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The Christian Ambassador.

The Christian Ambassador.

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Published by GLENN DALE PEASE
BY HENRY VARLEY


II CORINTHIANS v. 20.


NOW THEN WE ARE AMBASSADORS FOR CHRIST, AS THOUGH COD DID BESEECH YOU BY US : WE PRAY YOU IN CHRIST*S STEAD, BE YE RECONCILED TO GOD.
BY HENRY VARLEY


II CORINTHIANS v. 20.


NOW THEN WE ARE AMBASSADORS FOR CHRIST, AS THOUGH COD DID BESEECH YOU BY US : WE PRAY YOU IN CHRIST*S STEAD, BE YE RECONCILED TO GOD.

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Published by: GLENN DALE PEASE on May 29, 2014
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THE CHRISTIA AMBASSADOR. BY HERY VARLEYII CORITHIAS v. 20. OW THE WE ARE AMBASSADORS FOR CHRIST, AS THOUGH COD DID BESEECH YOU BY US : WE PRAY YOU I CHRIST*S STEAD, BE YE RECOCILED TO GOD. I WILL deal first of all with* the term here expressed by the word Ambassador, You all know an ambassador is one who is sent by the country wherein he dwells — usually some distin- guished man — to represent the court of the country from whence he comes to some neighboring nation. Observe this, we, in England, don't send an am- bassador to Canada from the Imperial Government, for the simple reason that Canada represents a colony. At present -the world is under the rule of God*s great opponent, the devil ; the world is not now subject to God, and will not be until Christ comes, whose right it is to reign ; meanwhile the Lord sends ambassadors. England sends ambas- sadors to France, Italy and Austria, on the very 2 THE CHRISTIA AMBASSADOR. ground that these are independent governments, and which are in turn represented by ambassadors so acting. ow, I want you to understand that I have no
 
sympathy with distinctions among Christians. I don't want to do anything or assume any position that would lead one to suppose that I was separate from my fellow men. I do dislike anything that savors of what is expressed by the word Priest — in fact anything like affected superiority ; yet I gladly recognize the power for good of the great minds that have gone before, and I have listened to their majestic words ; and I thank God, nevertheless, that we have these treasures in earthen vessels, but the excellency of the power is of God and not of us. O how true is it said by one of our poets, that " one touch of nature makes the whole world kin.'* I thank God for trials ; to know what it is to buffet with vulgar manhood — and I have no small share in the busy scenes of our urgent London life — and more than all, I do thank God that He has put me in trust, and accepted me as an ambassador of Christ to speak to you to-night. I do affirm that I strive every morning in coming out of my room to pray that my commission be straight from the throne of God. My citizenship is neither Toronto nor London, it is heaven, accor- ding to the authority of that Word; therefore I have a perfect right to come down from the pres- ence of the great King, morning after morning, with the spirit of the better country marking my entire life, with the language of that country on my THE CHRISTIA AMBASSADOR. 3 tongue, with the laws of that country to administer wheresoever I can — to beseech my fellow men, or, as my text puts it, to "pray you in Christ's stead to be reconciled unto God " to-night. In all the earnest purpose of my soul, I come to you and tell you that I am an ambassador of the Great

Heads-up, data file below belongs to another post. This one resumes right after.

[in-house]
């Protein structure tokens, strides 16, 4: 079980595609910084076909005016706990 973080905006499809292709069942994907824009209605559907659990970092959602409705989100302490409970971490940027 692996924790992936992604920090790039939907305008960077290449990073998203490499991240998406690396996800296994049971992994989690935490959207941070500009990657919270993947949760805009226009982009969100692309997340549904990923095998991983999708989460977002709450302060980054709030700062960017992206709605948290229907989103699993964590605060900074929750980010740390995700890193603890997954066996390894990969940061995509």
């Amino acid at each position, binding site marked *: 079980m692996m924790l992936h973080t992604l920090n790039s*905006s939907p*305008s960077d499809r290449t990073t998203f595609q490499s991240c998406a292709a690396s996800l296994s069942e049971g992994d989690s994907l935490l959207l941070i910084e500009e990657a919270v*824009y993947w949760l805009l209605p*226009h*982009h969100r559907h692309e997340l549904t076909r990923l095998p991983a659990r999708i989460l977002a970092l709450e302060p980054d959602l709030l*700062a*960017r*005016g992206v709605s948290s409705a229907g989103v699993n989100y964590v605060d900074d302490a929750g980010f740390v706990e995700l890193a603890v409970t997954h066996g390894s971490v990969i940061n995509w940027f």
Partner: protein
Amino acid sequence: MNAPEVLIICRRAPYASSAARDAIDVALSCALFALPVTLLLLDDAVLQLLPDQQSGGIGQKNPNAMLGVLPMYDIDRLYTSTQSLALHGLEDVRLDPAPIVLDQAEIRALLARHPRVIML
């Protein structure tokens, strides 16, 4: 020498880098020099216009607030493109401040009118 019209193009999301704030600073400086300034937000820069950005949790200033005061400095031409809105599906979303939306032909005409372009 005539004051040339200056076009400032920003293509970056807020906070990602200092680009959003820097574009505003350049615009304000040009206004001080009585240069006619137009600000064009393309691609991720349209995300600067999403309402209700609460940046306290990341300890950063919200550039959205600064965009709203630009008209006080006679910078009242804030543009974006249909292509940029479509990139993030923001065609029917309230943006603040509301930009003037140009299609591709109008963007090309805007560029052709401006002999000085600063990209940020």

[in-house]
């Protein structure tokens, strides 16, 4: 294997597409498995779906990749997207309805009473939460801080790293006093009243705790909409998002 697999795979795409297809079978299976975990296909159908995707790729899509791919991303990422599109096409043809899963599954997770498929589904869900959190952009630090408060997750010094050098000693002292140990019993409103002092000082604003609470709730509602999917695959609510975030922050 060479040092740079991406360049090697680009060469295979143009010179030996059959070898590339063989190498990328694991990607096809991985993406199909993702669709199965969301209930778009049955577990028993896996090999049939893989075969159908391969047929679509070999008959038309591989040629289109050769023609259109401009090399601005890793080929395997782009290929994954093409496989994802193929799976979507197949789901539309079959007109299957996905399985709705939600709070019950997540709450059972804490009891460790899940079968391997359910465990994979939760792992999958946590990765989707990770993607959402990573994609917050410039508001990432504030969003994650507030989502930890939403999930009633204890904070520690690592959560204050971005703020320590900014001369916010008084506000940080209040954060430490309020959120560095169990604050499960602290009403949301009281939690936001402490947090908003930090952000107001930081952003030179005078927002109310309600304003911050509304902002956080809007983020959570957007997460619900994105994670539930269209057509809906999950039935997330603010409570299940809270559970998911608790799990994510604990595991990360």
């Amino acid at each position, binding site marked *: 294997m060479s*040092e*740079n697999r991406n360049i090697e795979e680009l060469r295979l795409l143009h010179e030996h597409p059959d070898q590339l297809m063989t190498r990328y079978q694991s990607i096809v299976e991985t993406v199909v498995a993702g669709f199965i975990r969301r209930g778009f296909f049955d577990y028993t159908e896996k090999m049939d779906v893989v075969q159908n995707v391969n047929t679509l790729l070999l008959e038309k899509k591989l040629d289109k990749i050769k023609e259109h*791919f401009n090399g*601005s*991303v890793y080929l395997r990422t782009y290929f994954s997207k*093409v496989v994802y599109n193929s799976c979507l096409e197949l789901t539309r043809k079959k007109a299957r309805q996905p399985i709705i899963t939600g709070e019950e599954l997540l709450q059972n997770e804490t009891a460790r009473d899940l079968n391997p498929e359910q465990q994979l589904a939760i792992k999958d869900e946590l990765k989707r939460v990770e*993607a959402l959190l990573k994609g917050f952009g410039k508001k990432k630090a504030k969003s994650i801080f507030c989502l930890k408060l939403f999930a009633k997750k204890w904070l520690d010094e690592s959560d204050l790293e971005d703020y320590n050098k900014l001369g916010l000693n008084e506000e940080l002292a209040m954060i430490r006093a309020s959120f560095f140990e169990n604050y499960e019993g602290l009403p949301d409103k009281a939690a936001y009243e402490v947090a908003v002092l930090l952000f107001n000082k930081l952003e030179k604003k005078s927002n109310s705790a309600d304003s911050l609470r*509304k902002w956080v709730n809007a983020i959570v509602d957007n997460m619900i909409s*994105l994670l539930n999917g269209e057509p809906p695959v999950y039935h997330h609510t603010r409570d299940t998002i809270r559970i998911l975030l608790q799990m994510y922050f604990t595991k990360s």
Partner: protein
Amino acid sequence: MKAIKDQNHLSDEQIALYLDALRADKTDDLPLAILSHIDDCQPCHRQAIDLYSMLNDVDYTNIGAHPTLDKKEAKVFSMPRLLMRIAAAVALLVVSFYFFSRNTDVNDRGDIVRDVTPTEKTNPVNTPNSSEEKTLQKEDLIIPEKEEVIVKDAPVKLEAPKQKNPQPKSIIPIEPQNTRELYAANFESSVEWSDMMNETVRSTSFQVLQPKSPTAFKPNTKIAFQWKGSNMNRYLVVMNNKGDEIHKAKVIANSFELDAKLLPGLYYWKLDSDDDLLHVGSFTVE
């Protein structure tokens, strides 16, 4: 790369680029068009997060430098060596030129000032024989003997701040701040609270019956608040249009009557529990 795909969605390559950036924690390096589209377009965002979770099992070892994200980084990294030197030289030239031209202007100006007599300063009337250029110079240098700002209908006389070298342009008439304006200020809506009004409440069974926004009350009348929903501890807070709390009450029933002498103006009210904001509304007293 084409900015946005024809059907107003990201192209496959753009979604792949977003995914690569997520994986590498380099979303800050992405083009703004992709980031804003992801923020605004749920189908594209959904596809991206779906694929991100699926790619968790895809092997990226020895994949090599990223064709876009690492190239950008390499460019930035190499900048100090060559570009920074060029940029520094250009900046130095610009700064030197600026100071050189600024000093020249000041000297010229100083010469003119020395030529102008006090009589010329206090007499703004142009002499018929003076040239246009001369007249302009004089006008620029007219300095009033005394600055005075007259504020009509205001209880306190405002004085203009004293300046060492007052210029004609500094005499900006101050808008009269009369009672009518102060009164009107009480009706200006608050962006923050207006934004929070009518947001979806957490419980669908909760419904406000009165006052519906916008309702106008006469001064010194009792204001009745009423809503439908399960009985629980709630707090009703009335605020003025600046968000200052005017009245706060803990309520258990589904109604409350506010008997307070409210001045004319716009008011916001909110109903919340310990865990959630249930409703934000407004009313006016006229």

King. Earthly potentates may have their distinguished representatives, but oh, brethren, I do thank God that it is written, " Our sufficiency is of God." I come to act as one of His ambassadors ; my embas- sage is one of peace. I come to make known unto you, something of the laws of my royal Master — something of His feelings towards you. I come to tell you that He is no abstraction, living at an infinite distance from you, without any interest in your welfare. I come to bring the burden of my embassage, and I thank His precious name that I may represent Him to you to-night in the character of the Father, whose boundless love is only co- extensive with eternity itself Come with me to-night into yonder cottage, standing near the sea-coast. There sits working at her needle the form of a mother some fifty years of age. I approach her gently and lay my hand on her shoulder and say, " Sister, bear with a stranger speaking to you ; have you not a son ? " Oh, how my question stirs her heart ; how those poor blue eyes look out of their depths into mine. She says, " I have, do you know anything about him ? " I say, " Yes." This youth went away from his mother twenty years before, and well nigh broke that 4 THE CHRISTIA AMBASSADOR. mother's heart. How she has waited long for tidings of him. I want you to suppose that I could bring that boy from behind the door, and then you could fancy the thin arms of that mother being wrapt about him. Her affection is all engrossing. She does not ask, "Is my boy*s character changed?" She does not wait for that, but sees him before his

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